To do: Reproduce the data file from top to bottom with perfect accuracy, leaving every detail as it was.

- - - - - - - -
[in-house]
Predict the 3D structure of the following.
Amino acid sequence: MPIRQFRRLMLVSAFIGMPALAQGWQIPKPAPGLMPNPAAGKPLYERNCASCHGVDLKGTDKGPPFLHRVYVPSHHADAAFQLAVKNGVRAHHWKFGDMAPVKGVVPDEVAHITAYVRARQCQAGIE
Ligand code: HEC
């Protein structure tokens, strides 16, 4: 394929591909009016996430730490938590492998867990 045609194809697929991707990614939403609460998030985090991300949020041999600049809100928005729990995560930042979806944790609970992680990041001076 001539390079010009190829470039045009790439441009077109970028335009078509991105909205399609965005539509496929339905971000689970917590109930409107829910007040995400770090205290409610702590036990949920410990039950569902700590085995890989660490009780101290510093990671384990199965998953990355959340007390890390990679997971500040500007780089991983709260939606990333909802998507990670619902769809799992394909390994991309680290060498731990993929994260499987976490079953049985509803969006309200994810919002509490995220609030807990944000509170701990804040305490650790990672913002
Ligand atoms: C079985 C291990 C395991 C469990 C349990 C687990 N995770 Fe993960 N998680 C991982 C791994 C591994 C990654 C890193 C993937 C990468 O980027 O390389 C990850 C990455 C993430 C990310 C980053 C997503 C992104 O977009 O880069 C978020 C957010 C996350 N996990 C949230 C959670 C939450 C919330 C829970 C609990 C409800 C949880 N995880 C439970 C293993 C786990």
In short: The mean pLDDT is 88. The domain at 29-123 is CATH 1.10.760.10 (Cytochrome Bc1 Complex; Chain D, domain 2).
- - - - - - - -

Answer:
[in-house]
Predict the 3D structure of the following.
Amino acid sequence: MPIRQFRRLMLVSAFIGMPALAQGWQIPKPAPGLMPNPAAGKPLYERNCASCHGVDLKGTDKGPPFLHRVYVPSHHADAAFQLAVKNGVRAHHWKFGDMAPVKGVVPDEVAHITAYVRARQCQAGIE
Ligand code: HEC
């Protein structure tokens, strides 16, 4: 394929591909009016996430730490938590492998867990 045609194809697929991707990614939403609460998030985090991300949020041999600049809100928005729990995560930042979806944790609970992680990041001076 001539390079010009190829470039045009790439441009077109970028335009078509991105909205399609965005539509496929339905971000689970917590109930409107829910007040995400770090205290409610702590036990949920410990039950569902700590085995890989660490009780101290510093990671384990199965998953990355959340007390890390990679997971500040500007780089991983709260939606990333909802998507990670619902769809799992394909390994991309680290060498731990993929994260499987976490079953049985509803969006309200994810919002509490995220609030807990944000509170701990804040305490650790990672913002
Ligand atoms: C079985 C291990 C395991 C469990 C349990 C687990 N995770 Fe993960 N998680 C991982 C791994 C591994 C990654 C890193 C993937 C990468 O980027 O390389 C990850 C990455 C993430 C990310 C980053 C997503 C992104 O977009 O880069 C978020 C957010 C996350 N996990 C949230 C959670 C939450 C919330 C829970 C609990 C409800 C949880 N995880 C439970 C293993 C786990």
In short: The mean pLDDT is 88. The domain at 29-123 is CATH 1.10.760.10 (Cytochrome Bc1 Complex; Chain D, domain 2).